The humanitarian community often finds itself unprepared for unfolding humanitarian developments or sudden events: the 2010 cholera outbreak in Haiti and the sudden spread of Islamic State areas of control in 2013 in Syria are just two of the many examples. Scenario building, an analysis of how situations might evolve, is an essential part of humanitarian operations as it informs contingency planning and preparedness measures ahead of possible developments. It can also help to ensure programming is sufficiently robust to withstand changes in the operational environment.
During a separate contingency planning exercise, appropriate preparedness measures and detailed response plans are developed, based on the existing and possible future capacity to respond to the identified scenarios.
During scenario building the range of plausible developments, their predicted impact on the people affected, and the related needs are identified. Scenario building covers a range of activities including:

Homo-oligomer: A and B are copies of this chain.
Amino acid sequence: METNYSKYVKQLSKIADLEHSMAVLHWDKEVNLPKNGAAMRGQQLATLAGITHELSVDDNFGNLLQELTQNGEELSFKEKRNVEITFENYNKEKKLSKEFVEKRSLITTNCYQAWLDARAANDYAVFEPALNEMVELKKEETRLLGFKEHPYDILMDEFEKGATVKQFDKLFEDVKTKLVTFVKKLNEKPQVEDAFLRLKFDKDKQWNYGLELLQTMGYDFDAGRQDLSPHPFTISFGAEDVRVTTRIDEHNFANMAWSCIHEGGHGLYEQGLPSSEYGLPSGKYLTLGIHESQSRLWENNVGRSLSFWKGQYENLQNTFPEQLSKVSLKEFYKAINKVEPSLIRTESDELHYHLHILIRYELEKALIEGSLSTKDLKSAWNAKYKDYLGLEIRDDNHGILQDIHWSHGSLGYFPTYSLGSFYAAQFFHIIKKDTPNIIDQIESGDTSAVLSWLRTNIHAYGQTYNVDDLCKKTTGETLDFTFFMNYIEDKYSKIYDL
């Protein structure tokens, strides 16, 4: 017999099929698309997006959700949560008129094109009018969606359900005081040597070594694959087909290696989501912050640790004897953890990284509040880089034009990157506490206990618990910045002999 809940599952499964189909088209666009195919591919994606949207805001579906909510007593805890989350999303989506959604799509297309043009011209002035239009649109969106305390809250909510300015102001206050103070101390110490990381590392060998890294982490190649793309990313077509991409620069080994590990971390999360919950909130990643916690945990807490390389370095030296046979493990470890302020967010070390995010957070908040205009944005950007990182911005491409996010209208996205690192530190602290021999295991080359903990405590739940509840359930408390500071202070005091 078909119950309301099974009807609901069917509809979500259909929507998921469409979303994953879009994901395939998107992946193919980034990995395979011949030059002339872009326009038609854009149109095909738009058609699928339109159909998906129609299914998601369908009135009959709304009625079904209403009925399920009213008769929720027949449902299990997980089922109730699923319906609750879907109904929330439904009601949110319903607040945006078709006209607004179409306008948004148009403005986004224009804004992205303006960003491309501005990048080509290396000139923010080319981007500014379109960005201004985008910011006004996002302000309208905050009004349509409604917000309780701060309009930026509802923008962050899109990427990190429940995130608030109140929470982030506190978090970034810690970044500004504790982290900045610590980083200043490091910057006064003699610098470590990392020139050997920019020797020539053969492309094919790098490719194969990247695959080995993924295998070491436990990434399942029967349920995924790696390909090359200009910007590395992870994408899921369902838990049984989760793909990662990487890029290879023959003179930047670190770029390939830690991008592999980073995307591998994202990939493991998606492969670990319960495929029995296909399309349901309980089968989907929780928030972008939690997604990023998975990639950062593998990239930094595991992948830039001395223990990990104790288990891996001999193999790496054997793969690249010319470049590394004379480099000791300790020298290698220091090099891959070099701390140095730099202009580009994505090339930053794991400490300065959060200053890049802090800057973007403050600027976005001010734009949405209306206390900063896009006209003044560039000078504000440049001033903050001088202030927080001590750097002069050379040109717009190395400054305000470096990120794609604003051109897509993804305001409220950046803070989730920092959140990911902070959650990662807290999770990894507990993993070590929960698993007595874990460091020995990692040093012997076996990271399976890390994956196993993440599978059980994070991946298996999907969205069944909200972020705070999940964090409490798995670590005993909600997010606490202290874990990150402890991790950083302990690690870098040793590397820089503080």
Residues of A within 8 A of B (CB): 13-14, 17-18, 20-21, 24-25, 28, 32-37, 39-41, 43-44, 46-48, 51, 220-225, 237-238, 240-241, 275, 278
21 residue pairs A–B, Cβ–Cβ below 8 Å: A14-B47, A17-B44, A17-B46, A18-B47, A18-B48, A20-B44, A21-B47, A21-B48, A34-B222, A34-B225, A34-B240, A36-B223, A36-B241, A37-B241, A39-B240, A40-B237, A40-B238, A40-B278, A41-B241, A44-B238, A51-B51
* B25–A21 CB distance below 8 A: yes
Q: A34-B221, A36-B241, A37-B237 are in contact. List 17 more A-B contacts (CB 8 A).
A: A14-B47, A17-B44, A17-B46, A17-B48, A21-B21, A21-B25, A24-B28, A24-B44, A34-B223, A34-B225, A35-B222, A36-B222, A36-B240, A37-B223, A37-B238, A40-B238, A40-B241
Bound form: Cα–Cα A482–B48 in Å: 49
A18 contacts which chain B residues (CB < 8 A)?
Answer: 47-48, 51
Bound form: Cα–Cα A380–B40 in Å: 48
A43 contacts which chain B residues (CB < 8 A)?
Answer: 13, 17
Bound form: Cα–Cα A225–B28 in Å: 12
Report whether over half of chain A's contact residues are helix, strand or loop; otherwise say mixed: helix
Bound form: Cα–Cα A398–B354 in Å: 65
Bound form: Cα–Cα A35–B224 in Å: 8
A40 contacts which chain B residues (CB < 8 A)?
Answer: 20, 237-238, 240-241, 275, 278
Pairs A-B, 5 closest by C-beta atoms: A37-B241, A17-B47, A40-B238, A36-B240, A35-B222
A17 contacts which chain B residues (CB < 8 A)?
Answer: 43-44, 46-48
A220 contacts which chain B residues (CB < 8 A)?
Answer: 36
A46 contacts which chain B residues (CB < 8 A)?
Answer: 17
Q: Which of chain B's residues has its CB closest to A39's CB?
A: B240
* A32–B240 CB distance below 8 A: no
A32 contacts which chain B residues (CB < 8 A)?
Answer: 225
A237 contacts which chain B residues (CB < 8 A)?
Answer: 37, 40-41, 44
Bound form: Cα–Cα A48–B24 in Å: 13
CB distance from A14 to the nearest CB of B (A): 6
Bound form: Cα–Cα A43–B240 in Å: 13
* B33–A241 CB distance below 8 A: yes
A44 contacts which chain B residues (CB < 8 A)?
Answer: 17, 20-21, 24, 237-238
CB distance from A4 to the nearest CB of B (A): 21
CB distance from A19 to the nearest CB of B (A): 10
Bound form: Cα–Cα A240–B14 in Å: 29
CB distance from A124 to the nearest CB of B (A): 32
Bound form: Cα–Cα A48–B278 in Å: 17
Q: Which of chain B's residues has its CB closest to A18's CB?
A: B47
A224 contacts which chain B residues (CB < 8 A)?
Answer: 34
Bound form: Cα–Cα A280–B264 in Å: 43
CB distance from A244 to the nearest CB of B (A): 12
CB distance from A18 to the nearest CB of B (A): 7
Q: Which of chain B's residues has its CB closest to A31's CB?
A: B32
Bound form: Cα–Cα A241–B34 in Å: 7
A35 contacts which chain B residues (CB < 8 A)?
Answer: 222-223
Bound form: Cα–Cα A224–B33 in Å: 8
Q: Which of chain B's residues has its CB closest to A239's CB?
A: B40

o Risk analysis: the identification and impact of a probability of damage, injury, or any other negative occurrence. Scenario building covers the interaction between these risks and any other possible developments, including events that have a positive impact on the situation.
o Forecasting: prediction of the most likely future, often based on an extrapolation of historic trends. While scenario building includes forecasting, the approach is broader as it examines multiple plausible futures.
This brief provides a step by step approach on how to build scenarios. The methodology can be applied to a range of settings and timeframes, from a protracted conflict to a sudden onset disaster.